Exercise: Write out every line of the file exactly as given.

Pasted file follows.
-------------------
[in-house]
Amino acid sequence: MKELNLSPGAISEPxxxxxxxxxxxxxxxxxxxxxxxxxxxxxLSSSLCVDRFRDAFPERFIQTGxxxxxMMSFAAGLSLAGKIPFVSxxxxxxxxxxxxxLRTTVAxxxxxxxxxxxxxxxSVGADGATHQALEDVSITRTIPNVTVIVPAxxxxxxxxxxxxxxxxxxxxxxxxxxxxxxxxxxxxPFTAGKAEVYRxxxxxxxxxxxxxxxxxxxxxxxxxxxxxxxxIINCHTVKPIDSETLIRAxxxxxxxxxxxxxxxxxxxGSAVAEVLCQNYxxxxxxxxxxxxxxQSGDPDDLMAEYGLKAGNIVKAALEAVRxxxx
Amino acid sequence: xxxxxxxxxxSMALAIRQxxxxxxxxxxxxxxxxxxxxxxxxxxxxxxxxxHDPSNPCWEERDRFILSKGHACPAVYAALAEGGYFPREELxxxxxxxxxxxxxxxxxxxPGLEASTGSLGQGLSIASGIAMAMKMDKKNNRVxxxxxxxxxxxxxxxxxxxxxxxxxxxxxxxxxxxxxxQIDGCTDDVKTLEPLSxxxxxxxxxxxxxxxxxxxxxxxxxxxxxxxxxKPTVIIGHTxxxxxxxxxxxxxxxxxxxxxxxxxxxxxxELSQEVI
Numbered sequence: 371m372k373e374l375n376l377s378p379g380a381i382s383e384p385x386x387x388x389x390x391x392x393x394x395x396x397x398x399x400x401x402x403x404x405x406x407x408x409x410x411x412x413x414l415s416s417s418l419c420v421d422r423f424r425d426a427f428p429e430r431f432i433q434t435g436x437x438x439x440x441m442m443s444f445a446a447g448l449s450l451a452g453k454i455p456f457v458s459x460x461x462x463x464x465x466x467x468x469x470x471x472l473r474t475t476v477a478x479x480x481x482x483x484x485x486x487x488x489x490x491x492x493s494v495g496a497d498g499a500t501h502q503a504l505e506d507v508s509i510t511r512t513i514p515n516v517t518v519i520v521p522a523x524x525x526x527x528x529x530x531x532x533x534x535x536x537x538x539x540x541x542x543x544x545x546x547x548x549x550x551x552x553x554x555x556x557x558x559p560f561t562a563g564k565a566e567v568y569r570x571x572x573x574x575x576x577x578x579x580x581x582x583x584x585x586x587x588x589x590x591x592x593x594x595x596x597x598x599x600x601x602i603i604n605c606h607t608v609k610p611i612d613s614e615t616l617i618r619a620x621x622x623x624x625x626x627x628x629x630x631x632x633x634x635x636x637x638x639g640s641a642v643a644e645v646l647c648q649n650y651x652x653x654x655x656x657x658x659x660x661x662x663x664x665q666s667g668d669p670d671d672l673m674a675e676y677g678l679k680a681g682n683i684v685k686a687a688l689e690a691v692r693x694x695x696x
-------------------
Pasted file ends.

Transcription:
[in-house]
Amino acid sequence: MKELNLSPGAISEPxxxxxxxxxxxxxxxxxxxxxxxxxxxxxLSSSLCVDRFRDAFPERFIQTGxxxxxMMSFAAGLSLAGKIPFVSxxxxxxxxxxxxxLRTTVAxxxxxxxxxxxxxxxSVGADGATHQALEDVSITRTIPNVTVIVPAxxxxxxxxxxxxxxxxxxxxxxxxxxxxxxxxxxxxPFTAGKAEVYRxxxxxxxxxxxxxxxxxxxxxxxxxxxxxxxxIINCHTVKPIDSETLIRAxxxxxxxxxxxxxxxxxxxGSAVAEVLCQNYxxxxxxxxxxxxxxQSGDPDDLMAEYGLKAGNIVKAALEAVRxxxx
Amino acid sequence: xxxxxxxxxxSMALAIRQxxxxxxxxxxxxxxxxxxxxxxxxxxxxxxxxxHDPSNPCWEERDRFILSKGHACPAVYAALAEGGYFPREELxxxxxxxxxxxxxxxxxxxPGLEASTGSLGQGLSIASGIAMAMKMDKKNNRVxxxxxxxxxxxxxxxxxxxxxxxxxxxxxxxxxxxxxxQIDGCTDDVKTLEPLSxxxxxxxxxxxxxxxxxxxxxxxxxxxxxxxxxKPTVIIGHTxxxxxxxxxxxxxxxxxxxxxxxxxxxxxxELSQEVI
Numbered sequence: 371m372k373e374l375n376l377s378p379g380a381i382s383e384p385x386x387x388x389x390x391x392x393x394x395x396x397x398x399x400x401x402x403x404x405x406x407x408x409x410x411x412x413x414l415s416s417s418l419c420v421d422r423f424r425d426a427f428p429e430r431f432i433q434t435g436x437x438x439x440x441m442m443s444f445a446a447g448l449s450l451a452g453k454i455p456f457v458s459x460x461x462x463x464x465x466x467x468x469x470x471x472l473r474t475t476v477a478x479x480x481x482x483x484x485x486x487x488x489x490x491x492x493s494v495g496a497d498g499a500t501h502q503a504l505e506d507v508s509i510t511r512t513i514p515n516v517t518v519i520v521p522a523x524x525x526x527x528x529x530x531x532x533x534x535x536x537x538x539x540x541x542x543x544x545x546x547x548x549x550x551x552x553x554x555x556x557x558x559p560f561t562a563g564k565a566e567v568y569r570x571x572x573x574x575x576x577x578x579x580x581x582x583x584x585x586x587x588x589x590x591x592x593x594x595x596x597x598x599x600x601x602i603i604n605c606h607t608v609k610p611i612d613s614e615t616l617i618r619a620x621x622x623x624x625x626x627x628x629x630x631x632x633x634x635x636x637x638x639g640s641a642v643a644e645v646l647c648q649n650y651x652x653x654x655x656x657x658x659x660x661x662x663x664x665q666s667g668d669p670d671d672l673m674a675e676y677g678l679k680a681g682n683i684v685k686a687a688l689e690a691v692r693x694x695x696x